The deal still requires approval of a motion submitted late Tuesday to the U.S. Bankruptcy Court for the Southern District of Texas, Pipeline said in a statement.
Pipeline said the deal will come in two phases. The first includes the Dec. 2 transition to Resilience of the operations of the two hospitals, a medical office building adjacent to Weiss and the River Forest Medical Campus affiliated with West Suburban and the Chicago Health Medical Group, the statement said.
“Phase two of the sale contemplates Ramco purchasing the real estate associated with the Chicago medical facilities and is expected to close in the next few months,” the Pipeline statement said.
El Segundo, Calif.-based Pipeline filed for Chapter 11 bankruptcy protection in October following a delay in the planned sale of its Chicago hospitals to Resilience.
Earlier in the year, Illinois regulators approved a deal in which Pipeline would sell the hospitals for $92 million to Resilience, a newly formed for-profit company.
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Resilience is owned by healthcare executive Manoj Prasad, who has mainly worked as an independent consultant for community hospitals, and financial partner Reddy Rathnakar Patlola, who manages Ramoco. He is also owner of Ramoco Fuels, a New Jersey-based operator of more than 81 gas stations on the East Coast.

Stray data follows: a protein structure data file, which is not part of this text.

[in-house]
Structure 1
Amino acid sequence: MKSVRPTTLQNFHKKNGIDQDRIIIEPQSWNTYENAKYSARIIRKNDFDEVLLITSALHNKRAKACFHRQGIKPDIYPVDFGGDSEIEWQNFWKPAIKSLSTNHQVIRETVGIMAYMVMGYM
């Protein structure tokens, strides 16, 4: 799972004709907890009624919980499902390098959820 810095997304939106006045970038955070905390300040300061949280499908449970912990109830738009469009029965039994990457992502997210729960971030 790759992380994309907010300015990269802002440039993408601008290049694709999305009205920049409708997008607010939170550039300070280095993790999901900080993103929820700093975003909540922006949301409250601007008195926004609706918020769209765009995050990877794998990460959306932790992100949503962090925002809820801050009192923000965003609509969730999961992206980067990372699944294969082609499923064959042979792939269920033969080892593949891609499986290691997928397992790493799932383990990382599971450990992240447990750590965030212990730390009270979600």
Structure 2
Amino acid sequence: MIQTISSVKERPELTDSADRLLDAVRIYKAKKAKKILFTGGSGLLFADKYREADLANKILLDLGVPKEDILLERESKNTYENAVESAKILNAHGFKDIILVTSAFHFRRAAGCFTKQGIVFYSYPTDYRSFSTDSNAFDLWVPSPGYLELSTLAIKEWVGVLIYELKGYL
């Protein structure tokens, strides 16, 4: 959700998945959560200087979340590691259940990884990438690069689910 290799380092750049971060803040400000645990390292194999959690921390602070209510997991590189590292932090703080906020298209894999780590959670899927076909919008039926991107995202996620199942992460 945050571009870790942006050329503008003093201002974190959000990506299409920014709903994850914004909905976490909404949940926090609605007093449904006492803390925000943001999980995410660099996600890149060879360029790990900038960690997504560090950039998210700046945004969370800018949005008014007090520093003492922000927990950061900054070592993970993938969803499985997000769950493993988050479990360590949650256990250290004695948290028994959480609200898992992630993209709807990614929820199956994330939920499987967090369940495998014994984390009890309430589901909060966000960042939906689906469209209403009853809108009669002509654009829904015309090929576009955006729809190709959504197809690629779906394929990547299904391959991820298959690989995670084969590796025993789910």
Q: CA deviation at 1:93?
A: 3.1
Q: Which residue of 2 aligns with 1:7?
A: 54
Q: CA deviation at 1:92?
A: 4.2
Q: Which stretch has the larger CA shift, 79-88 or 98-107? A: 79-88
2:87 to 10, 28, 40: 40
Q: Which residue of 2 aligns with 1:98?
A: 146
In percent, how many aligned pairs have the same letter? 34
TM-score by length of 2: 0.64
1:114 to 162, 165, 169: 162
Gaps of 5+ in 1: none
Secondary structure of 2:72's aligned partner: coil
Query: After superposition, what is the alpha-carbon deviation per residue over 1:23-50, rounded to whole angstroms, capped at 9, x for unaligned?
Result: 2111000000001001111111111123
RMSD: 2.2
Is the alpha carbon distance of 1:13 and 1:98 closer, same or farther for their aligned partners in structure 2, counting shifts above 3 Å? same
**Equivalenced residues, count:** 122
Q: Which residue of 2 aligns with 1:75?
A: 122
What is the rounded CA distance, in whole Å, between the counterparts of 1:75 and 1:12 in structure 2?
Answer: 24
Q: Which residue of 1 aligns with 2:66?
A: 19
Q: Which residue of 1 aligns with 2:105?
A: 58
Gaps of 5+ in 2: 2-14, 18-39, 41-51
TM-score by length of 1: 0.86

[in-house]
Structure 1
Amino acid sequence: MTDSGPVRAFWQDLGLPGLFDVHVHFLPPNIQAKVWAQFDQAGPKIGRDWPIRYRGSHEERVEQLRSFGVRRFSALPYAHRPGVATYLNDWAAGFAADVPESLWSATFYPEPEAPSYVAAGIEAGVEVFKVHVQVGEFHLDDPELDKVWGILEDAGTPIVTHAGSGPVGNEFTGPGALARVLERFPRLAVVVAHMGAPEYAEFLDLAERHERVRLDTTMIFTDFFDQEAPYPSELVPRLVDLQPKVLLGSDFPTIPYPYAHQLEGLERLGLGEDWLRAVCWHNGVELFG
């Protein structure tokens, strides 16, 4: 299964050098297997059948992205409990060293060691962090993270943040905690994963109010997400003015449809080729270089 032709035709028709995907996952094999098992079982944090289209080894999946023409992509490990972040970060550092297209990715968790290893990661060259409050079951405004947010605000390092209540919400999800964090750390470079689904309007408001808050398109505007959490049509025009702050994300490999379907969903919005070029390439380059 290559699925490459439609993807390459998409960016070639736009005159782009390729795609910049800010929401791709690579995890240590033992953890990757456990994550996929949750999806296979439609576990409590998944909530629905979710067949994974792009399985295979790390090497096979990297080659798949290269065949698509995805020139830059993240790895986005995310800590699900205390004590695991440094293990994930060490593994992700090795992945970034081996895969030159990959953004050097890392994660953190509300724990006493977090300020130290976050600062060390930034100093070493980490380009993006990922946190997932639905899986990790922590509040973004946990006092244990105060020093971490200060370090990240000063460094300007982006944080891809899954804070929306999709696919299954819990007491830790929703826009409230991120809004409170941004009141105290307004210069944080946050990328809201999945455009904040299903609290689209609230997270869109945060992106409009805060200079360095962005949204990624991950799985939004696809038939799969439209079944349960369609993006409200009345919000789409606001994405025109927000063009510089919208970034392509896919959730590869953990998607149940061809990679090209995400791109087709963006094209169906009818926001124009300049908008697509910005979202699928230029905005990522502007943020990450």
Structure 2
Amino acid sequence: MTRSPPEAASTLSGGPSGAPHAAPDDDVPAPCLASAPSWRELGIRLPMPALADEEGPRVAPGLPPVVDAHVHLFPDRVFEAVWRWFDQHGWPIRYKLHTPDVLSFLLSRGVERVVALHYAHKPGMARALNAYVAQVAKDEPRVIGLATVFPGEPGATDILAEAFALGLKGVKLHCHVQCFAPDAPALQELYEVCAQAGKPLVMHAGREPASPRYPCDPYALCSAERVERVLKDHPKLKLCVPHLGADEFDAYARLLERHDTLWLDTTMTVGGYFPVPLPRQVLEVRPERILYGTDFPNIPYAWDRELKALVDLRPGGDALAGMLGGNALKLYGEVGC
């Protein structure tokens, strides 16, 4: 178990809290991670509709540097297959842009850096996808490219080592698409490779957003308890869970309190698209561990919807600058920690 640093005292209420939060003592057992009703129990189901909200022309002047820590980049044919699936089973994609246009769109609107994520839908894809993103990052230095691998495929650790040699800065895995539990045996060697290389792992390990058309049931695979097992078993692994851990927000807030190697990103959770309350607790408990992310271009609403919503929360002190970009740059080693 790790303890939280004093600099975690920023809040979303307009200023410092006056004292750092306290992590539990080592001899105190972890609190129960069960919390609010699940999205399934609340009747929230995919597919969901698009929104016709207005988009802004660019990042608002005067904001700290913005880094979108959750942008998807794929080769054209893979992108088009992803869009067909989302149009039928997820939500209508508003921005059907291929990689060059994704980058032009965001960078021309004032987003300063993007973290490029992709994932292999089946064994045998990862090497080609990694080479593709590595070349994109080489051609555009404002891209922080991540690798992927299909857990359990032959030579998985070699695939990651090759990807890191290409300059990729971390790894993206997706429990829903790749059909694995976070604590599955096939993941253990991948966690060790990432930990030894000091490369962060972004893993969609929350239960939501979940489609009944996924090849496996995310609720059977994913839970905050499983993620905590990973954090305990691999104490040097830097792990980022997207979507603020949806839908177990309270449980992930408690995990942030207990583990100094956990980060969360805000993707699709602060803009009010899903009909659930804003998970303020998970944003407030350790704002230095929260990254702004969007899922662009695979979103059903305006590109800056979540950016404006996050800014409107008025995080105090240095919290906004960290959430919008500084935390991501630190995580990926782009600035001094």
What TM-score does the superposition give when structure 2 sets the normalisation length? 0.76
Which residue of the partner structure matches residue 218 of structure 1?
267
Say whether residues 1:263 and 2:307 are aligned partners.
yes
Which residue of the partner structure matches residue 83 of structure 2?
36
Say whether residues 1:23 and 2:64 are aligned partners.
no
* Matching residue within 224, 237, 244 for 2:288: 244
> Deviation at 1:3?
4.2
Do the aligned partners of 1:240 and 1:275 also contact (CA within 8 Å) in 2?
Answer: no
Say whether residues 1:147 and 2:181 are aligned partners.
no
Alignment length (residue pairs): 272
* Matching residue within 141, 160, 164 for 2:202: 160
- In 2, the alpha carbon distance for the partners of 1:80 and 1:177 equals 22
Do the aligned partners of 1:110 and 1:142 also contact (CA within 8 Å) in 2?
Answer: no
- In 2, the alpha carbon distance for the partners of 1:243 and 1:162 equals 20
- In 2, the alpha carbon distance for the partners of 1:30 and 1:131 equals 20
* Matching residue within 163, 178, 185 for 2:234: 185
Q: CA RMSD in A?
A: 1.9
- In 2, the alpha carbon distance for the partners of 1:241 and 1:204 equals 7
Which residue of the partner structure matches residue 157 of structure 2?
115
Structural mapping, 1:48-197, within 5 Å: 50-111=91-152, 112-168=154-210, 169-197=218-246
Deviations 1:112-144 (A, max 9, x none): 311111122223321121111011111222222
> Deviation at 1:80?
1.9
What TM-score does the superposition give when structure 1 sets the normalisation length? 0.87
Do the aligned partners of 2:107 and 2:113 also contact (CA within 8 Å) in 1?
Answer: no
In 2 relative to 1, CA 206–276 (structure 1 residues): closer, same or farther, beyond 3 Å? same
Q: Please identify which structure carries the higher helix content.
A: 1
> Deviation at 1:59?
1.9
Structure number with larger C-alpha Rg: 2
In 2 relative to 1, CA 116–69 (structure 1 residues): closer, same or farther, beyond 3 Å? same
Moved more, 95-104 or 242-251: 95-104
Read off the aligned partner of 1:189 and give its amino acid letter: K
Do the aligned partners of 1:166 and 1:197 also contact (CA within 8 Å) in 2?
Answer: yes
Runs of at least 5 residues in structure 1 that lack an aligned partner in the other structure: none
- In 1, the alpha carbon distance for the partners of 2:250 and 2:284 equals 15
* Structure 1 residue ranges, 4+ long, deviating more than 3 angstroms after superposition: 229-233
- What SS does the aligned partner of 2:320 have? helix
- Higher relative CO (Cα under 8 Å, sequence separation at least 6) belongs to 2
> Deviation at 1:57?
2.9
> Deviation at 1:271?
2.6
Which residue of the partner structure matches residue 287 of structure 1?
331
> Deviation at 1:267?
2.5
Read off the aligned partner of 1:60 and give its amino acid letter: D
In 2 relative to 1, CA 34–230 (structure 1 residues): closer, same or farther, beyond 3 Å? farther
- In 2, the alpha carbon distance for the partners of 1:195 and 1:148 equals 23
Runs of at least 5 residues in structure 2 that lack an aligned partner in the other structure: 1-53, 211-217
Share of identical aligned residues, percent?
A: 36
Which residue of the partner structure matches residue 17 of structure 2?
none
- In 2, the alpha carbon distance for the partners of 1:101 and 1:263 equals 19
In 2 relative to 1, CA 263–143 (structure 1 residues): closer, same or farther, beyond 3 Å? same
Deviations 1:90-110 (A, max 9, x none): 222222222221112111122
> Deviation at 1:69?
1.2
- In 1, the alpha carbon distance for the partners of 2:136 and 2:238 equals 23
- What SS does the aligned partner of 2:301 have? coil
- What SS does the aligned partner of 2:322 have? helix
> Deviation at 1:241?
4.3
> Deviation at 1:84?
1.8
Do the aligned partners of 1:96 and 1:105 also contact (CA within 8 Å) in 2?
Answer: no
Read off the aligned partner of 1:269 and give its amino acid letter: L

Documents filed with the Illinois Health Facilities & Services Review Board earlier this year showed that Prasad and Patlola planned to fund the purchase through a combination of cash and debt financing. Patlola would provide $32 million in cash, with the remaining $60 million coming from a loan from Provizia Capital, a real estate investment firm based in Raleigh, N.C.
Pipeline became the owner of West Suburban and Weiss Memorial, along with the now-closed Westlake Hospital, in 2019 when it acquired them from Dallas-based Tenet Healthcare for $70 million. Pipeline came under fire weeks after the deal when it tried to close Westlake Hospital after saying at the time of the sale that it had no plans to close the facility.
Westlake, a safety-net hospital, later filed for Chapter 7 bankruptcy after a court order prevented Pipeline from discontinuing hospital services, despite getting approval from the state to close. The hospital officially closed not long after, and court filings later revealed Pipeline had always intended to close the facility.
This story first appeared in our sister publication, Crain’s Chicago Business.